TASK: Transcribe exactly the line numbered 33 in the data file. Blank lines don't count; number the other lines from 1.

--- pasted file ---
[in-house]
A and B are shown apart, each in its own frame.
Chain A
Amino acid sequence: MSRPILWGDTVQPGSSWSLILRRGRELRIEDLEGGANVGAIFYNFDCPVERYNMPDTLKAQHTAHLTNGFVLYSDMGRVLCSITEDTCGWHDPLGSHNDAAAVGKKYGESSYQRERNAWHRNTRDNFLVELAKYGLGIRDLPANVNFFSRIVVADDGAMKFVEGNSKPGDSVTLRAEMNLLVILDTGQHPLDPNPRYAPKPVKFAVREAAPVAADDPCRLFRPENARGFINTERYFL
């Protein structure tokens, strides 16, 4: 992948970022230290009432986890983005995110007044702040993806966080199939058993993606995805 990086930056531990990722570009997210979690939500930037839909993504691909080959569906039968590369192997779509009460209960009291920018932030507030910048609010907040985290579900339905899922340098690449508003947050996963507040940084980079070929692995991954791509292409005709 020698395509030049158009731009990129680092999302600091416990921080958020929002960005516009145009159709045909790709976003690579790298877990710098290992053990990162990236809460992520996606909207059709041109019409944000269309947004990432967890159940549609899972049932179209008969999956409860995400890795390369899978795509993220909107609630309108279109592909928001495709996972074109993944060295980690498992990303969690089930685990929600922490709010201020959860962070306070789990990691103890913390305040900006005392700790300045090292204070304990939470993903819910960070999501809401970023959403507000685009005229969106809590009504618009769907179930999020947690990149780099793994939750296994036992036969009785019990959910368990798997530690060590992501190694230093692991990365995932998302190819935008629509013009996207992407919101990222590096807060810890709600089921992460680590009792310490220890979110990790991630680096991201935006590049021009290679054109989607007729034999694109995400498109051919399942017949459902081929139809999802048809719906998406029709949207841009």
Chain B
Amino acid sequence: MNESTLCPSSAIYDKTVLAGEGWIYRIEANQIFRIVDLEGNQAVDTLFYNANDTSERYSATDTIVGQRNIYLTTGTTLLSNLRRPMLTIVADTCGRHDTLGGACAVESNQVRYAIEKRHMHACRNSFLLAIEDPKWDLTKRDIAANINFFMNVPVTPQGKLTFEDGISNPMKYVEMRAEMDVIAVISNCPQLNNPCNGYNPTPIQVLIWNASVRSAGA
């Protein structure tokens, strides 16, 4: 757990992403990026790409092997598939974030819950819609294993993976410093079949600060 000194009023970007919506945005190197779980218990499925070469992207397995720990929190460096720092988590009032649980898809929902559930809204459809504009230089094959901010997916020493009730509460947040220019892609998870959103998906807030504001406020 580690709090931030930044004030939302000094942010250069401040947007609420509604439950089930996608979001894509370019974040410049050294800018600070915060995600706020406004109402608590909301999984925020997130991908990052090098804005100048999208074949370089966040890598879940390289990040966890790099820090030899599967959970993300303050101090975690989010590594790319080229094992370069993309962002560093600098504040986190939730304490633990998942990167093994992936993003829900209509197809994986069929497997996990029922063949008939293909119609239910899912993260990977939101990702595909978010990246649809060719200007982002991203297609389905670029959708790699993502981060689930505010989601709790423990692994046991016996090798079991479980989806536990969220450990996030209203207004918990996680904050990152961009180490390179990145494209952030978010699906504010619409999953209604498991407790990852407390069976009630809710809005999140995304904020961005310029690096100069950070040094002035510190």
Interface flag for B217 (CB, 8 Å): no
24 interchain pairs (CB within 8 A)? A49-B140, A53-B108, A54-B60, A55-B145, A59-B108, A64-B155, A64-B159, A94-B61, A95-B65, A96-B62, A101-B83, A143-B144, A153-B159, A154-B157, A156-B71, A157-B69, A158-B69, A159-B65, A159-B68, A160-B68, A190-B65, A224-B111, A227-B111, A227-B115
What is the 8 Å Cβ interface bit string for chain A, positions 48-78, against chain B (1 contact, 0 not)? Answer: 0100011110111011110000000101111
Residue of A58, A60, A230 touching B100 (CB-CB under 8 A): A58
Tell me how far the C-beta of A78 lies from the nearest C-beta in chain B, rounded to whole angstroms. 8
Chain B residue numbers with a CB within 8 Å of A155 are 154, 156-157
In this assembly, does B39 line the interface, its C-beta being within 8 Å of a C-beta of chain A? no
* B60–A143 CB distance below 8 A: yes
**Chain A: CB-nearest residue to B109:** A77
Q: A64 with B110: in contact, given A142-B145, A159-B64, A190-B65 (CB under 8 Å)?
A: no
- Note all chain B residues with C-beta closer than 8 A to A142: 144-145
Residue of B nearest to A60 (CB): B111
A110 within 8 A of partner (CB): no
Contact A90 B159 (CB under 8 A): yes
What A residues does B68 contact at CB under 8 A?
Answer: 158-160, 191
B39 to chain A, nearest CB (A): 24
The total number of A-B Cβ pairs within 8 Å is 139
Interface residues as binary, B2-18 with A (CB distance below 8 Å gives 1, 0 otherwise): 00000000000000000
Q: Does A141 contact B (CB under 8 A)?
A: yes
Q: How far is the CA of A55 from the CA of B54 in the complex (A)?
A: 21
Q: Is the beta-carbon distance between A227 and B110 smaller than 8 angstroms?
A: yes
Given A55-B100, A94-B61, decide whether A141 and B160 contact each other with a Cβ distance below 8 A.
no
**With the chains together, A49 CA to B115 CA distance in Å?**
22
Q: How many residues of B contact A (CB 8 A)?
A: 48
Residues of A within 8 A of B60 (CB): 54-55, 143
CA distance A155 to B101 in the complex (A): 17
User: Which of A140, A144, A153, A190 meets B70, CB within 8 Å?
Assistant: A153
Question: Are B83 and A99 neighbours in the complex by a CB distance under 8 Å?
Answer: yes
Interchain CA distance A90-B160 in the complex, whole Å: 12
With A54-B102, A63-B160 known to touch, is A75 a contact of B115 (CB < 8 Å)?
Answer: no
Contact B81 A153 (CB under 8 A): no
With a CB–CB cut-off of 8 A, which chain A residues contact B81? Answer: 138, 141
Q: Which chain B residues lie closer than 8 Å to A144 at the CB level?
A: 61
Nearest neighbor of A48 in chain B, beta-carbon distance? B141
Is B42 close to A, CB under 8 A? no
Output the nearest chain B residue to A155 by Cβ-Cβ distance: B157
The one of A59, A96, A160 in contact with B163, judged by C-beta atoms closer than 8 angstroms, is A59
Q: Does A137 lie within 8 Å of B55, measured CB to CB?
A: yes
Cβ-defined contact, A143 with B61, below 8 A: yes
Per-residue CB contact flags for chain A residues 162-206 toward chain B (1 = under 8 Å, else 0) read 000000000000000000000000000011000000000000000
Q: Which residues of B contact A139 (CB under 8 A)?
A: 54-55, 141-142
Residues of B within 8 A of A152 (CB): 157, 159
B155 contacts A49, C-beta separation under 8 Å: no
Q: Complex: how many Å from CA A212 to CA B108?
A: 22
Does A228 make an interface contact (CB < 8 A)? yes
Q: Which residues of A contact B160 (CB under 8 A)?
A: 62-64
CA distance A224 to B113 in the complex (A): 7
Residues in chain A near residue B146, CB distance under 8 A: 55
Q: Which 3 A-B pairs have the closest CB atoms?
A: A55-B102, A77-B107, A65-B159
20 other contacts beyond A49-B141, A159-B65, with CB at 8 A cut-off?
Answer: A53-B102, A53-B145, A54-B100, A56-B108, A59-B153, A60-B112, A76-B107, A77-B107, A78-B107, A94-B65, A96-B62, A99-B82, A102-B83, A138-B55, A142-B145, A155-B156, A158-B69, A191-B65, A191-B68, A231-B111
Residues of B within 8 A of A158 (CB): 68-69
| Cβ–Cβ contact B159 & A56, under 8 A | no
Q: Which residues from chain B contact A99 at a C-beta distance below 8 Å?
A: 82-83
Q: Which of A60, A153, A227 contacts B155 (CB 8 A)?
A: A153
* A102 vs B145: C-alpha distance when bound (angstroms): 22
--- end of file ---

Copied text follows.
Q: Is the beta-carbon distance between A227 and B110 smaller than 8 angstroms?